Posted on juin 10, 2013
We have to recognize that, in any given situation, there can be many ways to see the Landscape, and while sifting this information through our minds, we must decide on a plan of action to best portray our impression, its effect on us, the prevalent mood we are experiencing. A single word can sometimes describe what we are seeing, though we may neglect to identify it. Soft, tenacious, isolated, nostalgic, expansive, peaceful, rhythmic, pristine, powerful, diminutive, minimalist, triumphant, joyous, delicate, oneiric and challenged are just a few. Our inner conversation ensues : I recognize these visual qualities, and sensing this theme, mood or impression, will select and emphasize it with my photographic choices in terms of technical process Shutterspeed, Aperture, Deth of Field , ISO choice etc..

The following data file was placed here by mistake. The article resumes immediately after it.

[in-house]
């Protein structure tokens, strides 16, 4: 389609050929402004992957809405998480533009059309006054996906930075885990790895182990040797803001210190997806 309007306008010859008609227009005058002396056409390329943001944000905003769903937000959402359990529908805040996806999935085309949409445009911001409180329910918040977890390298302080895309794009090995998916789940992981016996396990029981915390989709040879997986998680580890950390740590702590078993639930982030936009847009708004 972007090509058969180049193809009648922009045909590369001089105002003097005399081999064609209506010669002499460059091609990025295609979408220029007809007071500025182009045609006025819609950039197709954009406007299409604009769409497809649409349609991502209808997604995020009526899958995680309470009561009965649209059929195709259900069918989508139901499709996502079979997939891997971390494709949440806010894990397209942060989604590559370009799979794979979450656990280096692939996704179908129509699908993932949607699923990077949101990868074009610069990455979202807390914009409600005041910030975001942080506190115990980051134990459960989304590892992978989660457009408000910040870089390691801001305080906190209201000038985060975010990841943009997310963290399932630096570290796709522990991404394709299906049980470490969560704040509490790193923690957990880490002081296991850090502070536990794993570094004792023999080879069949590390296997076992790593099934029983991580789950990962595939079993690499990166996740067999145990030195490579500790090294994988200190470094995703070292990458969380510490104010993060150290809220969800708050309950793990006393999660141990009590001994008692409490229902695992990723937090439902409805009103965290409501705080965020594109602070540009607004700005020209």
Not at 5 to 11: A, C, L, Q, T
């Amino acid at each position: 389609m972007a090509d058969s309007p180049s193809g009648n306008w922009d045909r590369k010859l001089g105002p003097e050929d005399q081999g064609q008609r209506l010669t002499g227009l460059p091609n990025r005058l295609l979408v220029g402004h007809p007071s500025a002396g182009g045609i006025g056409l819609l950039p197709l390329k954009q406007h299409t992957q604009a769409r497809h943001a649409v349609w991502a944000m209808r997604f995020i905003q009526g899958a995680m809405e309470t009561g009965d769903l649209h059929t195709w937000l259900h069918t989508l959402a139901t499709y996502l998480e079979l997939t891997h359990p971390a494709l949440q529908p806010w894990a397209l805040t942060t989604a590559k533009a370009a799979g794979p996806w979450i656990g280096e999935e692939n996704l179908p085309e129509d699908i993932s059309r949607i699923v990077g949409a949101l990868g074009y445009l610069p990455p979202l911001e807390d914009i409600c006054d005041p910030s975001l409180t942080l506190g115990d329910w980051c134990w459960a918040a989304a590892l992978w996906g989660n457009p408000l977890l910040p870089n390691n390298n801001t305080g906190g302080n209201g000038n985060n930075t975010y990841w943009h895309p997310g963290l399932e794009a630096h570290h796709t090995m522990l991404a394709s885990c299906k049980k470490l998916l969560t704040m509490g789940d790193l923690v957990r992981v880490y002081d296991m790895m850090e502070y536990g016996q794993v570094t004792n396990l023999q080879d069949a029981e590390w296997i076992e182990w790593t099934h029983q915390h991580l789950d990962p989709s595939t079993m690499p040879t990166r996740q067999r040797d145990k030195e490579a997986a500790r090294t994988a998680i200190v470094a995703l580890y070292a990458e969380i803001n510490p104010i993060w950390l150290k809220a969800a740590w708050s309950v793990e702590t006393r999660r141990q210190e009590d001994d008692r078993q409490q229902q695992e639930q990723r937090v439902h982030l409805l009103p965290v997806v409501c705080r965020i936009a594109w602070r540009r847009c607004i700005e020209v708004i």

Posted on mai 27, 2013
Simply put, Depth-Of-Field is how much of a photograph is in sharp focus from front to back. Professional photographers understand and use Depth Of Field, while most amateurs don’t. professionals know that they can’t leave this critical element to chance, or to the programmed whims of an automatic camera !
Landscapes Masters, Porter, Weston and Adams always tried to get everything in focus throughout their photographs, to the point of forming Group f/64 in 1932. Part of their original manifesto read : « The name of this Group is derived from a diaphragm number of the photographic lens. It signifies to a large extent the qualities of clearness and definition of the photographic image which is an important element in the work of members of this Group. »
Modern Photography aesthetics accept a wide range of styles, including more impressionistic looks. But in most landscapes images, everything should be in focus unless there’s a specific reason for not doing so – like creating a soft, impressionistic look, or focusing attention on one element.